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Here’s How Investors Can Deal With Crypto Turbulence



Bitcoin declined from highs of over $67,000 to its current levels just below $20,000.

New York:

When Doug Milnes started buying cryptocurrency in January this year, he thought it could become an entirely new asset class for investors.

What he is feeling right now is very disturbing.

A marketing executive from Summit, New Jersey, says his holdings, including several different cryptocurrencies like Ethereum, are about 60% less than where he bought it. What was 2% of his portfolio is now about 0.8% – making him whether to hold his hands, head for an exit, or buy a dip.

“Crypto has gone through many ups and downs over time, and it is difficult to know if this time is any different,” Milnes says. “I don’t know if my feelings clouded my judgment. It’s hard to feel confident about what to do next.”

It’s certainly been a harrowing year for crypto, and Milnes isn’t the only one trying to make sense of the falling charts. According to tracker CoinMarketCap, the total market capitalization of crypto assets has increased from around $3 trillion in November 2021 to nearly $900 billion as of June 29.

Meanwhile, Bitcoin – the leading cryptocurrency – has fallen from highs of over $67,000 to just slightly below its current levels of $20,000.

“Some people set up their portfolios in the excitement of the past few years, without even thinking about any major plans,” said Christine Benz, director of personal finance for investment research firm Morningstar. Recent losses, she says, are a good incentive to ask yourself some questions, including how much risk can you take and what kind of losses can you handle?

“If you haven’t gone through that process on the front end, it’s worth thinking about now,” Benz said.

Of course, crypto is hardly alone in flying through the massive turbulence of 2022. The stock market officially plunged into bear territory earlier in June — the S&P 500 is down more than 19% as of Wednesday, and the Nasdaq is down more than 28% in that time frame.

In the unique nature of crypto any move now has been compared to “slamming the barn door after the bolt of the horse,” said Peter Pallian, president of Master Plan Advisory in East Norwich, New York. “Barring further consideration, a horse with a real value is a real thing, and crypto – as John Paulson famously said – is a finite supply of nothing.”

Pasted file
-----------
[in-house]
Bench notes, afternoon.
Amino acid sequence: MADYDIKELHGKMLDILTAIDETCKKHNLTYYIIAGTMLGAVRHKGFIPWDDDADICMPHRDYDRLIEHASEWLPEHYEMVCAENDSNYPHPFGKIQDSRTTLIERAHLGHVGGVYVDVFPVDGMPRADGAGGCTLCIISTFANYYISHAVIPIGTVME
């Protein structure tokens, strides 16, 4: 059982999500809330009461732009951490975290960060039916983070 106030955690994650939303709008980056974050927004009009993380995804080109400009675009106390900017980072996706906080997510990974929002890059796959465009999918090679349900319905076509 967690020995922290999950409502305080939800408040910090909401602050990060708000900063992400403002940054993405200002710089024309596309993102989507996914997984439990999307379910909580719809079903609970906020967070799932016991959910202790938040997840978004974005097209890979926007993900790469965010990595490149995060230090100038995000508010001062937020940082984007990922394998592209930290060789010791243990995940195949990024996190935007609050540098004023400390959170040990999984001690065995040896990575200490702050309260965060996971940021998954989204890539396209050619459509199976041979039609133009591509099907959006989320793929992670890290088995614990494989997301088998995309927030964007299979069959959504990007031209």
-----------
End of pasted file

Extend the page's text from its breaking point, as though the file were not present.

No matter what your personal stance on crypto is, the key to handling extreme market moves is having a plan, so you don’t exit out of pure panic. Some tips from experts:

Re-evaluate your risk tolerance

If this year’s Cryptocurrency has made you realize that you are not prepared to handle such swings, then don’t take too much risk.

After all, just because there has been a huge loss, it cannot be ruled out that there will be more losses in the times to come. “If you find yourself unnecessarily nervous, you are probably not a good candidate to hold that asset class,” Benz said. “There’s no shame in that.”

write off losses

This may sound like cold comfort, but if you have lost value in a crypto transaction, you can write off a certain amount by April 15th.

“For clients who have a large position in crypto, we recommend using this time to harvest losses,” said Kevin Lum, founder and CEO of Foundry Financial in Los Angeles.

Loom said losses work the same way they do for equities. If your losses exceed your total capital gains for the year, you can deduct up to $3,000 against your ordinary income. “Losses in excess of $3,000 can be carried forward until death to cover future benefits.”

limit portfolio allocation

As with any more speculative investment, it’s wise to keep it to a certain percentage of your holdings — a special “bucket” that won’t affect the rest of your portfolio.

“A good framework is to set an upper limit,” Benz said. “Think of all your speculative assets as a whole, and position them 5% or 10% in your portfolio – whether crypto, or precious metals, or microcap companies, or anything else.”

For example, even though Doug Milnes’ crypto portfolio may have gone haywire, it’s not like he’s betting his entire future on it.

“There’s a lot of uncertainty about what to do next, but at least I’m not worried about my retirement,” he said. “My advice to other crypto investors would be, don’t put all your eggs in one basket.”

(Except for the title, this story has not been edited by NDTV staff and is published from a syndicated feed.)